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765 Update – 7/3/2019

By July 3, 2019Members Only

Submitted by Steve Winicker.


It has been an  easy week but not too productive. I added some double nuts to the trailing truck piping. Otherwise the efforts were devoted to getting Bill’s daughter hitched.  It appears that was a successful effort.



It occurs to me that the weekend includes the Forth of July.  I will plan on being out at the shop the 4th though the 7.  A list of projects is posted on the office wall.  Some projects are needed to be done by the end of Saturday so we can fill the boiler with water.  Some of the other jobs can wait a bit. It is essential we make a lot of progress to keep on schedule so your help will be appreciated.



Working safely is a team effort. You look out for other workers and they look out for you. Taking responsibility for others is especially important when it comes to new and young workers. They need you to keep an eye on them and remind them how to work safely.


Think about your workplace from the new worker’s point of view for a moment. Remember your own first day on the job. You’ll see a busy place full of strange equipment, unfamiliar chemicals and sometimes complicated and unfamiliar tasks. Everyone else seems to know what they are doing. More than anything, you just want to fit in with the rest of the crew and look like you know what you are doing.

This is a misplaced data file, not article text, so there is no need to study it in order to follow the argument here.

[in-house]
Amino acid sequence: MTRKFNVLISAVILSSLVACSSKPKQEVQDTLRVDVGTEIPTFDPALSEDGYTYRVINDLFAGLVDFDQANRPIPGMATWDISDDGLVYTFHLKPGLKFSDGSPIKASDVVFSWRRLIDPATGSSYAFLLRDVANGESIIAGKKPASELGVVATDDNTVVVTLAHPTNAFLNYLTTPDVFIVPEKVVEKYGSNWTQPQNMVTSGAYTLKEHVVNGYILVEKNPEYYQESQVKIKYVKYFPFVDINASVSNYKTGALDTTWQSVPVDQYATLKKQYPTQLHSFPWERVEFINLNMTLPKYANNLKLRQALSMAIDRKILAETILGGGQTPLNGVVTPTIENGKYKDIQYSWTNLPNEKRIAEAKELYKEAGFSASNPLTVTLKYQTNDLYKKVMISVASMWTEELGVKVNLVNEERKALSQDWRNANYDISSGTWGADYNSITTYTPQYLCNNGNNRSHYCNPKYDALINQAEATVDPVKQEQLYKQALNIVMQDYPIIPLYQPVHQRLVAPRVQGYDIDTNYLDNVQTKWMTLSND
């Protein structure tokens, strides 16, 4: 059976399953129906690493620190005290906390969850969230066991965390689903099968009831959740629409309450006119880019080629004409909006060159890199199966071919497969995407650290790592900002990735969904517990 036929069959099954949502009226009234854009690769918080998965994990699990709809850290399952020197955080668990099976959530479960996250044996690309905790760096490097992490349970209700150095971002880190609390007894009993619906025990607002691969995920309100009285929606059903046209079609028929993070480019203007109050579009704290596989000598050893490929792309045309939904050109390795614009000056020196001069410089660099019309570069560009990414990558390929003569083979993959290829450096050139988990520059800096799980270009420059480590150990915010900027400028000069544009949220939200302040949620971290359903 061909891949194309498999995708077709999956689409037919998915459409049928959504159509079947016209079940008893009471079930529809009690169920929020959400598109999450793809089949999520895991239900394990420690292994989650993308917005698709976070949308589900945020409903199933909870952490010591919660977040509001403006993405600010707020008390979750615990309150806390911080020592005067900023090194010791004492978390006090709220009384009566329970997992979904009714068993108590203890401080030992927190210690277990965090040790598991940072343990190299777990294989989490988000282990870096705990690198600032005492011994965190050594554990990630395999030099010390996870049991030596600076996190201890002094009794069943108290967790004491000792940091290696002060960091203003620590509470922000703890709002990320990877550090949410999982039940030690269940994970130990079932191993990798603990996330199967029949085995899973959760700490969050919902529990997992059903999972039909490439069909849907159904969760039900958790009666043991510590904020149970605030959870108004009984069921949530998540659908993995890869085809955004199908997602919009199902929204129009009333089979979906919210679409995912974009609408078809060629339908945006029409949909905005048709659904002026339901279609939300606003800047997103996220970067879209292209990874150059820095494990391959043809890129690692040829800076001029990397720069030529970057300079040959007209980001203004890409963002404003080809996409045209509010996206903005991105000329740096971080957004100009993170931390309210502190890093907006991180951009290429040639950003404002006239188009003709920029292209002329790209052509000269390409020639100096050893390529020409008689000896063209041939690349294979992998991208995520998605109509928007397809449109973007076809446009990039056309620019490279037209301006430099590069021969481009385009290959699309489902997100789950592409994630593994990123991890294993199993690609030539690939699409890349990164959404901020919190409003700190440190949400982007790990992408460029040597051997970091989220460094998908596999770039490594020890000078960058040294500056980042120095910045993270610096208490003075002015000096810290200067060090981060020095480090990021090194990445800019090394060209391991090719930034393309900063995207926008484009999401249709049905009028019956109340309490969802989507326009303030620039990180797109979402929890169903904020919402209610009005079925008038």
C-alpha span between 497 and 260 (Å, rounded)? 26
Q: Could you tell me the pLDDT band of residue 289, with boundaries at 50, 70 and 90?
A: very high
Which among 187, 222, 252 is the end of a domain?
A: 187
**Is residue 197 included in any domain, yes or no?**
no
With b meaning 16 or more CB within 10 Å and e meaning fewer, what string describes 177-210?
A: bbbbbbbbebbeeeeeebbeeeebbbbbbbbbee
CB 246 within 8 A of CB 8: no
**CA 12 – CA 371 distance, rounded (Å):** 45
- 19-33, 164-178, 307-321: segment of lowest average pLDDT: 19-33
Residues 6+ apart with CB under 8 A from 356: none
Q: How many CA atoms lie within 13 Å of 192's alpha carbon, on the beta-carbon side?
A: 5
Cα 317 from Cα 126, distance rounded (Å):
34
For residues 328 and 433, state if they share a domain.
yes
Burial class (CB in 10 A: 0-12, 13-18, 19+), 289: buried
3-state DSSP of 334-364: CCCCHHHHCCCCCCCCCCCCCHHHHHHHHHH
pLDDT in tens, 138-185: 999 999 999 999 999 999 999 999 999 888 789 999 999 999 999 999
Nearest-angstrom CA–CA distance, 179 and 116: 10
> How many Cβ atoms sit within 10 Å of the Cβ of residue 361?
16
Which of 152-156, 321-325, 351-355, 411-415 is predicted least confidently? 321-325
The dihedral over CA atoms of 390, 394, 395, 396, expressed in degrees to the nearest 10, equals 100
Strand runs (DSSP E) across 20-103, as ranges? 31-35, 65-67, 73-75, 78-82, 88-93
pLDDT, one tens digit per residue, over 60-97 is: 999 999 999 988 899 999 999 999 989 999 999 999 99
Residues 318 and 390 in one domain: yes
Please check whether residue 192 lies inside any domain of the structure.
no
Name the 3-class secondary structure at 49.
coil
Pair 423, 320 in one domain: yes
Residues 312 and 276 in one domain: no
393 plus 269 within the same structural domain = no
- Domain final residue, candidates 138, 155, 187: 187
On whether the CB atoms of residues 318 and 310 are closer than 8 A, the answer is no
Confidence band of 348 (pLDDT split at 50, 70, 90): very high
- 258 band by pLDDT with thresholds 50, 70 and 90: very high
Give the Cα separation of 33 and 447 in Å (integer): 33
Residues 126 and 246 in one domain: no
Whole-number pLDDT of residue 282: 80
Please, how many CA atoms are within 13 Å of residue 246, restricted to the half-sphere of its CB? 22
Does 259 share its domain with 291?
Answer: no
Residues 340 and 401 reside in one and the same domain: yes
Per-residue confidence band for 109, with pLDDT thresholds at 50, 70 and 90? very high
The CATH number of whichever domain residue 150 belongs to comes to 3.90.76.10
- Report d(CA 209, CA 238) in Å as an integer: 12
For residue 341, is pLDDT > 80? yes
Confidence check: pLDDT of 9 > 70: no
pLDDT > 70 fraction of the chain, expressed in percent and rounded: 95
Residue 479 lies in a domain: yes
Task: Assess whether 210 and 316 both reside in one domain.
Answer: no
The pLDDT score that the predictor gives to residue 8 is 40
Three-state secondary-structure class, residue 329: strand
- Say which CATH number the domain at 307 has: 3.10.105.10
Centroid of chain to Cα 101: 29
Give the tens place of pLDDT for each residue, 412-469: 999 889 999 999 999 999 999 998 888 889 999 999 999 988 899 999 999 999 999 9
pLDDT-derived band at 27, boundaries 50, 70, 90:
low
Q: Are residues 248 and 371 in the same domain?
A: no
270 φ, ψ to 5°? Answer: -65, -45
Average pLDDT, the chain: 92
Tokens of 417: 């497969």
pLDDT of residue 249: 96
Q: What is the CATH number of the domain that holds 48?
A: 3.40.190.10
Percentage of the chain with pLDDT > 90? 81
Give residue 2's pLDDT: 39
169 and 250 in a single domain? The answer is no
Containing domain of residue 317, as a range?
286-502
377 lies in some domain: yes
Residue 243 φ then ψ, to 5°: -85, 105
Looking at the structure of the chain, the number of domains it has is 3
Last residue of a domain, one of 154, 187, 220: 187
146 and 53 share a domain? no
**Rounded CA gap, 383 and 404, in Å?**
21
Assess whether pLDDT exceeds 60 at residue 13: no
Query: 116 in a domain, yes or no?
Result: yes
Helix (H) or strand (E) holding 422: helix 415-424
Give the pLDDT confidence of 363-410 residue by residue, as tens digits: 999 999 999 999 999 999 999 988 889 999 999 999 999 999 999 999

Help the new   Member/worker settle in safely by following these points:

  • Show them where to obtain safety materials and instructions on how to use them.
  • Help the new worker get equipped, fitted and trained with the appropriate protective clothing and equipment for the task at hand.
  • Show your new co-worker the labels for any chemicals you may be dealing with. Help them understand how to read them and what PPE is necessary to work with them. Show them where to find the MSDS documents for the chemicals.
  • Point out the location of fire extinguishers, First Aid kits, AED and other emergency equipment.
  • Make sure the new worker knows what to do in case of an emergency such as a fire. Does he or she know two exits from the workplace, and where to assemble outside.
  • Communicate the importance of leaving machine guards in place to prevent accidental contact with moving equipment and stock.
  • If you see anyone wearing loose clothing which could become caught in machinery, speak up.
  • Make sure the new Member/worker knows who to talk to about any safety concerns or task related questions.
  • If you see the new person or any worker doing something unsafe, speak up. It’s not interfering; it’s looking out for the other worker.

Your advice to the new co-worker is NOT a replacement for proper safety orientation, training and supervision. However, you can help make sure he or she picks up the information necessary to work safely.